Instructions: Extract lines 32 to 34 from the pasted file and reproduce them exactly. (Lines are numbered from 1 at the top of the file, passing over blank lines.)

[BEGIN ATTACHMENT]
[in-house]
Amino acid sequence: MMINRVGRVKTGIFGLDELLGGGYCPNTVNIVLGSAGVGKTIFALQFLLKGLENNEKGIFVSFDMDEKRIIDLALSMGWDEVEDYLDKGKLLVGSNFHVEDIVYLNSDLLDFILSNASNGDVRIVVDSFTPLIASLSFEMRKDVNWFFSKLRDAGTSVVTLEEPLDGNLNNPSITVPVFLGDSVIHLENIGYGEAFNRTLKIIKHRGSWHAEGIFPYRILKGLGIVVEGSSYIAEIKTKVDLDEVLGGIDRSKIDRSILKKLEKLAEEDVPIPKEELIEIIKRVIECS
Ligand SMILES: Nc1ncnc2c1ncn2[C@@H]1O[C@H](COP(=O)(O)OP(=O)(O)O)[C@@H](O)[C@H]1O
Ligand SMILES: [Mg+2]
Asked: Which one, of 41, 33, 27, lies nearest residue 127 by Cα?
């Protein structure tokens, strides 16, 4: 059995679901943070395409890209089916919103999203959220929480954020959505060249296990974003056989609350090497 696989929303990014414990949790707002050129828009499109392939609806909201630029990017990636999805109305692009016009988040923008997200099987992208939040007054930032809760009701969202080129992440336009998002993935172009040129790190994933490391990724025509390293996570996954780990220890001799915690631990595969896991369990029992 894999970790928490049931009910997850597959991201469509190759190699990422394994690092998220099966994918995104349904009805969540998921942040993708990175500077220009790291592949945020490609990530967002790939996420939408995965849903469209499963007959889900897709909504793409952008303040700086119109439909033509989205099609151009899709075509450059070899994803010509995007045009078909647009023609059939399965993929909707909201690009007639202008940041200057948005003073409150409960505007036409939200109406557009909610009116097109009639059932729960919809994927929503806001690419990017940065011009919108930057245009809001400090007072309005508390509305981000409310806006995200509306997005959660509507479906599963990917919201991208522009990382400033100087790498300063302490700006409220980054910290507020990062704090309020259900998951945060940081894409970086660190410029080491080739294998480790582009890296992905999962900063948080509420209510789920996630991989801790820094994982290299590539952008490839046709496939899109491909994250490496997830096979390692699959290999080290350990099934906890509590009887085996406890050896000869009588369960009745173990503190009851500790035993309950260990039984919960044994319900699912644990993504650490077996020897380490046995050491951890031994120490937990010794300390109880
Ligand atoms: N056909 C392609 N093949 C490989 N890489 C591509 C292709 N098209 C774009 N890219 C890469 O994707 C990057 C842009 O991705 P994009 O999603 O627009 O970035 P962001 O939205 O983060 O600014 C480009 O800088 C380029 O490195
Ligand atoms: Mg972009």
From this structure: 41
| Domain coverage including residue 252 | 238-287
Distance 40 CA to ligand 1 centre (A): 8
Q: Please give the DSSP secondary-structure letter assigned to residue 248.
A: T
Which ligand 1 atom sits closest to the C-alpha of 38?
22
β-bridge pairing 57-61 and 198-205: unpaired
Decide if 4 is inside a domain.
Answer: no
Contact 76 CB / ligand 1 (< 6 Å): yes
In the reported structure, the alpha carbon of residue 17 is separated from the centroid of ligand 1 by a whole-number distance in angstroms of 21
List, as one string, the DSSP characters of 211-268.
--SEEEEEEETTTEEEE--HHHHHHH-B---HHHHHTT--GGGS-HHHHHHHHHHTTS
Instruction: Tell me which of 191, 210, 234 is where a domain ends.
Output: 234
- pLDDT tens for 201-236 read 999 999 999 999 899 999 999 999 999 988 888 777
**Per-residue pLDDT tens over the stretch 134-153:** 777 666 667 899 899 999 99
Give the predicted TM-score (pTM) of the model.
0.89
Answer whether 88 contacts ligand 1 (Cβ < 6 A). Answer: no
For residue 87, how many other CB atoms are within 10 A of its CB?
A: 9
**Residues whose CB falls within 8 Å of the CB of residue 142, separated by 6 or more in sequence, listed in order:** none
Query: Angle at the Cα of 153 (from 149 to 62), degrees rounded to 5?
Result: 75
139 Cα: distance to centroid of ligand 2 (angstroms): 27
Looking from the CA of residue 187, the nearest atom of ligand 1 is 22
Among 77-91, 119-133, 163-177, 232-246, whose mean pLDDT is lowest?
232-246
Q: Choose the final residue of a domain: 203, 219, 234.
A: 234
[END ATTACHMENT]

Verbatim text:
**Residues whose CB falls within 8 Å of the CB of residue 142, separated by 6 or more in sequence, listed in order:** none
Query: Angle at the Cα of 153 (from 149 to 62), degrees rounded to 5?
Result: 75